What better time of the year than Labor Day to pause and examine the behavior of a couple of Lakewood’s largest corporate employers: AT&T and GrafTech.
In an era where corporations frequently threaten to relocate and pit one city against another to shamelessly extract incentives, AT&T must be commended for its decision to invest in its Detroit Avenue building, where approximately 150 people work.
The five-story structure houses telephone switching equipment on the bottom three floors and administrative personnel on the top two floors.
At first glance, the building seems fairly unremarkable, but a close inspection of its brick exterior shows a mismatched brick and color pattern. It was originally built as a two-story facility. Three additional floors were later added at two separate points in time.
AT&T decided earlier this year to make a significant investment in the building and install a second elevator. The existing unit was unreliable and not ADA accessible.
The AT&T design team presented the city’s Architecture Board of Review (ABR) with a plan to build the elevator shaft on the highly visible Detroit Avenue-facing side of the building.
Placement on the east side of the building was deemed unsuitable due to the presence of underground service cables. The west side of the building was too close to the property line, and the south side of the structure was ruled out because of parking concerns.
AT&T’s initial rendering called for a pronounced elevator lobby and a wide elevator shaft enclosure with a white accent. The ABR felt it didn’t balance well with the rest of the building and asked the design team to make some adjustments.
The team agreed to lose the elevator lobby, thin the width of the shaft, and use material more closely matching the color of the rest of the building.
It may not be an in-your-face act of good corporate citizenship, but it’s worthy of applause. AT&T invested in the building, and then agreed to work with the city on the design so it did not detract from the neighborhood.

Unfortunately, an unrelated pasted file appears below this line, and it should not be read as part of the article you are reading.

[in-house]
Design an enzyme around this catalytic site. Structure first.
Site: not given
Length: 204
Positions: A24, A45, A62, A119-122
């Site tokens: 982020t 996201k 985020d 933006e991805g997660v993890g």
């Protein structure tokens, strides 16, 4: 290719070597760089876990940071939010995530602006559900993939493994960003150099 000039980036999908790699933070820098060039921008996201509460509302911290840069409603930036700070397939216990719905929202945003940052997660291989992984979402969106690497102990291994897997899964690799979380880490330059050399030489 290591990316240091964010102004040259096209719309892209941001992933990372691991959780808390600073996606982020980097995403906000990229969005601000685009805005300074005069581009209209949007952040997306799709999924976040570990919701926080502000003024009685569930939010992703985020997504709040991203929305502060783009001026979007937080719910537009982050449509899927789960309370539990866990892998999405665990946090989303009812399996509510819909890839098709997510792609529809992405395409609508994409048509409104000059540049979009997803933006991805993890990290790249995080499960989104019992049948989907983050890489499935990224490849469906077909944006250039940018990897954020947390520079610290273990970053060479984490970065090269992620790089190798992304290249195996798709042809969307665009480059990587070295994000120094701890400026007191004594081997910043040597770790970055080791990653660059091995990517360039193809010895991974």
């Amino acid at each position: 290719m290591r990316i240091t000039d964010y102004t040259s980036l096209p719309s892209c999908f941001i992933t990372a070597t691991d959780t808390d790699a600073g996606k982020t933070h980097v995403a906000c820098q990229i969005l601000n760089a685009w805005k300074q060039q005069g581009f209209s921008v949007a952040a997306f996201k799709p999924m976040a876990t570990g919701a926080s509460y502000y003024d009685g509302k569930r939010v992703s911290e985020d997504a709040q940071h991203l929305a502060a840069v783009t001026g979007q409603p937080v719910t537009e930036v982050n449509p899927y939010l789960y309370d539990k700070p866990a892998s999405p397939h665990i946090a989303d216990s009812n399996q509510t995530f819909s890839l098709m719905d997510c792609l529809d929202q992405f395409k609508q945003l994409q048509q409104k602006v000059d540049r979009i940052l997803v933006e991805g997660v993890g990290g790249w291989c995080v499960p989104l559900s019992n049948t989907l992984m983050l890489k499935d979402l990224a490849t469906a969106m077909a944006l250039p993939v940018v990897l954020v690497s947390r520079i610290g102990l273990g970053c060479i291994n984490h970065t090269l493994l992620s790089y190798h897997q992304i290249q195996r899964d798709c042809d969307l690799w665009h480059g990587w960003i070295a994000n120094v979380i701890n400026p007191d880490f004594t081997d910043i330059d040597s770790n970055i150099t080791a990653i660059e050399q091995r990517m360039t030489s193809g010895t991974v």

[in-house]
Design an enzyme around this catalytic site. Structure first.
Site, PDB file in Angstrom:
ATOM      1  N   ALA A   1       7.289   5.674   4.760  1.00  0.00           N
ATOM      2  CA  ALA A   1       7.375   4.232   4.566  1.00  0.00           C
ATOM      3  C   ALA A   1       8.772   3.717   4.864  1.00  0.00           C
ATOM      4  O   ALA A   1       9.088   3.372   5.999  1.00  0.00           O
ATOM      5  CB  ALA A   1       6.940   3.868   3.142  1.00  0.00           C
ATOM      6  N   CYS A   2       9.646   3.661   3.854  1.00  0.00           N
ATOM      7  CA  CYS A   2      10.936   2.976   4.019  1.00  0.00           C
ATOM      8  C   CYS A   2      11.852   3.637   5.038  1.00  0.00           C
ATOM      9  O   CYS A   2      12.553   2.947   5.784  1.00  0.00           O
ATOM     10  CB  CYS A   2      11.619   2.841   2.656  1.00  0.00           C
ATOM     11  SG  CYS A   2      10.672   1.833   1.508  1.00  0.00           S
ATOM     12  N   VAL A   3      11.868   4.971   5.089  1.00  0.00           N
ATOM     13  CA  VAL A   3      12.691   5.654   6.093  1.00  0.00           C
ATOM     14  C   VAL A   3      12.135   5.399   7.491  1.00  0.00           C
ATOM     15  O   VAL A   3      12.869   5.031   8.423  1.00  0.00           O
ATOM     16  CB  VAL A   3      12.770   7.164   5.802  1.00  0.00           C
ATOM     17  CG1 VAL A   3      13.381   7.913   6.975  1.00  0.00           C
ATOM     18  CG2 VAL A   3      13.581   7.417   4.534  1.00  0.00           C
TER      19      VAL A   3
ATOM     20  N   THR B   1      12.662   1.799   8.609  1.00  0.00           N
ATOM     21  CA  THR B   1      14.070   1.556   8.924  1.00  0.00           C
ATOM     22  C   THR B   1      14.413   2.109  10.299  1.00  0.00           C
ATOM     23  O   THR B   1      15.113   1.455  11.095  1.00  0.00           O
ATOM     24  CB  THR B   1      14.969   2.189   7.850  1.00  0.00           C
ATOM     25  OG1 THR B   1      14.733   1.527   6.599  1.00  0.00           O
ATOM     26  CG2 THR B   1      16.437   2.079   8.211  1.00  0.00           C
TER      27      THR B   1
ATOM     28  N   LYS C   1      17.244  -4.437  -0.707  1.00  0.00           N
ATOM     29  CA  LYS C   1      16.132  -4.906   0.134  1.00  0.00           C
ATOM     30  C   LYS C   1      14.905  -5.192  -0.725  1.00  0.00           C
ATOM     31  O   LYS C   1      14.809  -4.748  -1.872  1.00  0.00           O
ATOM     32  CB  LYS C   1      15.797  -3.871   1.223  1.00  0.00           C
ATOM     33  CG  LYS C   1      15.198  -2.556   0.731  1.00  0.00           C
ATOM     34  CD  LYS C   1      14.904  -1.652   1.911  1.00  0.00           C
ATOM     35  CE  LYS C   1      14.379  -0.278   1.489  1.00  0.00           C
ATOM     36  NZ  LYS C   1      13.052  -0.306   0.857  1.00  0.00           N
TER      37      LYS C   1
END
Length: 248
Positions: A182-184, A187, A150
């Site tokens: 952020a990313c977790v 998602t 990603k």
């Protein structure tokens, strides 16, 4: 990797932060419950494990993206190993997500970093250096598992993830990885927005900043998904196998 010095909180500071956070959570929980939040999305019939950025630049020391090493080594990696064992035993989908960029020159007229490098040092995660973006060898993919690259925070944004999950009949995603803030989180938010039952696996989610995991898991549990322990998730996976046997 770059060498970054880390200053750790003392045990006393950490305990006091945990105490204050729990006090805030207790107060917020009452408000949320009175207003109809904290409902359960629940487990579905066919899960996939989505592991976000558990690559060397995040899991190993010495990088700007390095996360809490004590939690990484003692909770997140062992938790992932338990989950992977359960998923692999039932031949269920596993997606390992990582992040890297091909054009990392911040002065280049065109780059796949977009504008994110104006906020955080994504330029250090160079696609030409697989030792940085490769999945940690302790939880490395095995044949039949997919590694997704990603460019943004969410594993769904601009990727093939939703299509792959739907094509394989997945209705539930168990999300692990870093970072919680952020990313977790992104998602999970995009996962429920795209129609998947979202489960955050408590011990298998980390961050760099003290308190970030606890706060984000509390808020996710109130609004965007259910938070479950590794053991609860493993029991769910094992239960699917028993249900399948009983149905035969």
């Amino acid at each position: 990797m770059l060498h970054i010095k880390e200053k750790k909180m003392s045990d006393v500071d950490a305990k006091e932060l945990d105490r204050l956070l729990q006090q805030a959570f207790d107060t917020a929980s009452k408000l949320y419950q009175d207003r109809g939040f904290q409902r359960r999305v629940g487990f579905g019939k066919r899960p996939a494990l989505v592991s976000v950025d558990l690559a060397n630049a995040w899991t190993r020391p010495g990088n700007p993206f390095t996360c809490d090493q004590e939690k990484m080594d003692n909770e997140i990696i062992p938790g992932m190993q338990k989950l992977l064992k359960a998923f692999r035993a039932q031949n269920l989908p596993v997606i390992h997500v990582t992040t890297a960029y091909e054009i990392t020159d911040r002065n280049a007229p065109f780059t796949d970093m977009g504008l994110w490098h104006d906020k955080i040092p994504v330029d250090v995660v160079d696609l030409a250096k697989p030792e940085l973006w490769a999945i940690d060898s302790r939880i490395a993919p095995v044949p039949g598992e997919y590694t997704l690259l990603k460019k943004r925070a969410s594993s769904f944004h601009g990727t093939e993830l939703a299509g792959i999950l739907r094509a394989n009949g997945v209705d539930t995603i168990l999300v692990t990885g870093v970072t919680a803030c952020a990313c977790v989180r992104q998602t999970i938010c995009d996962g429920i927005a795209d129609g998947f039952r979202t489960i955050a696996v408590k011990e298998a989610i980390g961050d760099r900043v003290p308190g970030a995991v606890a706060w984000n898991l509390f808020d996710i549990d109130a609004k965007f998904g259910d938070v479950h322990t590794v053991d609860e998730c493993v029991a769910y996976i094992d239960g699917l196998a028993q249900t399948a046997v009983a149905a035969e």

As an unrelated aside, the traffic signals to the east of the building at Detroit Avenue and Manor Park/Blossom Park will soon be removed as part of the Detroit Avenue Resignalization Project. The state studied the intersection and found the signals to be unwarranted. It would have cost the city about $125,000 to keep the lights up.
Hopefully, the folks at The Westerly – who compose the single oldest-aged precinct of voters in the entire city – won’t have many dangerous encounters on their jaunts to Giant Eagle.
GrafTech: A toxic polluter without a conscience
GrafTech International has a long history with the city of Lakewood. More than 100 years ago, back when it was known as National Carbon Co., it played a key role in the development of Birdtown.
The Parma-based corporation still occupies a large swath of industrially-zoned land in the city’s southeast corner and does a generally nice job of maintaining appearances in a not-so-great neighborhood.
It will soon employ a total of 170 people at its Madison Avenue graphite production facility, according to spokesperson Betsy Keck, including 20 to 25 new workers it will hire for good-paying jobs in the coming months.
All of this is good news, although it doesn’t obscure one very important: GrafTech is the city’s single largest corporate air polluter.
It has pumped thousands of tons of toxic chemicals in the air over the last couple of decades. Worse yet, it received EPA permission earlier this year to emit 43 percent more carbon monoxide.
With a track record like this, one would think GrafTech would be looking for opportunities to exercise excellence in corporate citizenship. I can tell you without reservation that GrafTech’s concern for the well-being of the community is sadly lacking and superficial.
First, let’s touch on some of the good deeds GrafTech touts when it is pressed to provide concrete recent examples of its concern for the good people of Lakewood.
- It sponsors and maintains the Lakewood Mini-park near the bus stop at the corner of W. 117th Street and Madison Avenue.
- It is a long-standing member of the Lakewood Chamber of Commerce.
- It is involved with the youth organization H2O, which provides summer jobs and projects for local high school kids.
- It participated in the clean-up of Madison Park for the “Keep Lakewood Beautiful” event on Earth Day and contributed 125 pairs of gloves for all volunteers.
- It donated several boxes of extra office supplies to Harrison Elementary School.
These acts of generosity are woefully inadequate coming from a corporation that reported a 2011 second quarter profit of $29 million on sales of $320 million.
Worse yet, GrafTech has officially declined to donate a single dollar to replenish the city’s reforestation fund, which was exhausted on the effort to remove a crop of dying century old trees on Clifton and West Clifton Boulevards.
Normally, the city spends around $50,000 a year to plant trees. It will not do any new plantings this fall due to a lack of funds.